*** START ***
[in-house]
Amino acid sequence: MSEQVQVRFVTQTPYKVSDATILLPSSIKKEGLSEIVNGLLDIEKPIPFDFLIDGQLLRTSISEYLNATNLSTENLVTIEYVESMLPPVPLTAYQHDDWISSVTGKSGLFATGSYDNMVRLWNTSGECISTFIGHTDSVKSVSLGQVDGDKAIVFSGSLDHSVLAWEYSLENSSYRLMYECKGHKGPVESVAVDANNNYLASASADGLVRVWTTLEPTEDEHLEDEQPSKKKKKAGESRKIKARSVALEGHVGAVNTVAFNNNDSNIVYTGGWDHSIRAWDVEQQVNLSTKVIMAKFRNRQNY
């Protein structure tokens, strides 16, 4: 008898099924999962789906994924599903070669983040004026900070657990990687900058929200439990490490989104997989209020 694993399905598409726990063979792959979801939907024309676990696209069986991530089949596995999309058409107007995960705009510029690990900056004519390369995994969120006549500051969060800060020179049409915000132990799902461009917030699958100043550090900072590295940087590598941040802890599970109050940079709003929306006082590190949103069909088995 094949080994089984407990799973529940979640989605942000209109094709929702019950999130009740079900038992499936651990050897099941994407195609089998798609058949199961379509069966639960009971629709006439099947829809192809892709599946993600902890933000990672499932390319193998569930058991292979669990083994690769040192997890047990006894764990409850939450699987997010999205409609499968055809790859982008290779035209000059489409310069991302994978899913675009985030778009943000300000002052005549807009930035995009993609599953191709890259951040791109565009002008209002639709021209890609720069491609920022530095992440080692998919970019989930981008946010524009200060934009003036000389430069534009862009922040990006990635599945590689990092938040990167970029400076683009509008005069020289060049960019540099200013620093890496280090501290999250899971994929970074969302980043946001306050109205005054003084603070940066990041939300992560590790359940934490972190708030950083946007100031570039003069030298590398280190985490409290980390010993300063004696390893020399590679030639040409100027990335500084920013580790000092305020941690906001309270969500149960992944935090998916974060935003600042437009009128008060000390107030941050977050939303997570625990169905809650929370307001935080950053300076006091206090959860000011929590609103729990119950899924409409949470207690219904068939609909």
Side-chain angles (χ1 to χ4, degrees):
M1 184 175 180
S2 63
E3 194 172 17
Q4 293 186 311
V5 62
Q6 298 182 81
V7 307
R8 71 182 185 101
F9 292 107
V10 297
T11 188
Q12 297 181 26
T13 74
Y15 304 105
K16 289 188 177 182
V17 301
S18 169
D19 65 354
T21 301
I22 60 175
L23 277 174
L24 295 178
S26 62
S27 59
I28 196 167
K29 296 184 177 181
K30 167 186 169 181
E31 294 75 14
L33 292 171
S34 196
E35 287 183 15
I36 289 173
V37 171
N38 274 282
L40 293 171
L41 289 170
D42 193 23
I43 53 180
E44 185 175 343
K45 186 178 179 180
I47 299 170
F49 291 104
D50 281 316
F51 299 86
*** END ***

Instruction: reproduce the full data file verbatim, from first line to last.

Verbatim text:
[in-house]
Amino acid sequence: MSEQVQVRFVTQTPYKVSDATILLPSSIKKEGLSEIVNGLLDIEKPIPFDFLIDGQLLRTSISEYLNATNLSTENLVTIEYVESMLPPVPLTAYQHDDWISSVTGKSGLFATGSYDNMVRLWNTSGECISTFIGHTDSVKSVSLGQVDGDKAIVFSGSLDHSVLAWEYSLENSSYRLMYECKGHKGPVESVAVDANNNYLASASADGLVRVWTTLEPTEDEHLEDEQPSKKKKKAGESRKIKARSVALEGHVGAVNTVAFNNNDSNIVYTGGWDHSIRAWDVEQQVNLSTKVIMAKFRNRQNY
């Protein structure tokens, strides 16, 4: 008898099924999962789906994924599903070669983040004026900070657990990687900058929200439990490490989104997989209020 694993399905598409726990063979792959979801939907024309676990696209069986991530089949596995999309058409107007995960705009510029690990900056004519390369995994969120006549500051969060800060020179049409915000132990799902461009917030699958100043550090900072590295940087590598941040802890599970109050940079709003929306006082590190949103069909088995 094949080994089984407990799973529940979640989605942000209109094709929702019950999130009740079900038992499936651990050897099941994407195609089998798609058949199961379509069966639960009971629709006439099947829809192809892709599946993600902890933000990672499932390319193998569930058991292979669990083994690769040192997890047990006894764990409850939450699987997010999205409609499968055809790859982008290779035209000059489409310069991302994978899913675009985030778009943000300000002052005549807009930035995009993609599953191709890259951040791109565009002008209002639709021209890609720069491609920022530095992440080692998919970019989930981008946010524009200060934009003036000389430069534009862009922040990006990635599945590689990092938040990167970029400076683009509008005069020289060049960019540099200013620093890496280090501290999250899971994929970074969302980043946001306050109205005054003084603070940066990041939300992560590790359940934490972190708030950083946007100031570039003069030298590398280190985490409290980390010993300063004696390893020399590679030639040409100027990335500084920013580790000092305020941690906001309270969500149960992944935090998916974060935003600042437009009128008060000390107030941050977050939303997570625990169905809650929370307001935080950053300076006091206090959860000011929590609103729990119950899924409409949470207690219904068939609909």
Side-chain angles (χ1 to χ4, degrees):
M1 184 175 180
S2 63
E3 194 172 17
Q4 293 186 311
V5 62
Q6 298 182 81
V7 307
R8 71 182 185 101
F9 292 107
V10 297
T11 188
Q12 297 181 26
T13 74
Y15 304 105
K16 289 188 177 182
V17 301
S18 169
D19 65 354
T21 301
I22 60 175
L23 277 174
L24 295 178
S26 62
S27 59
I28 196 167
K29 296 184 177 181
K30 167 186 169 181
E31 294 75 14
L33 292 171
S34 196
E35 287 183 15
I36 289 173
V37 171
N38 274 282
L40 293 171
L41 289 170
D42 193 23
I43 53 180
E44 185 175 343
K45 186 178 179 180
I47 299 170
F49 291 104
D50 281 316
F51 299 86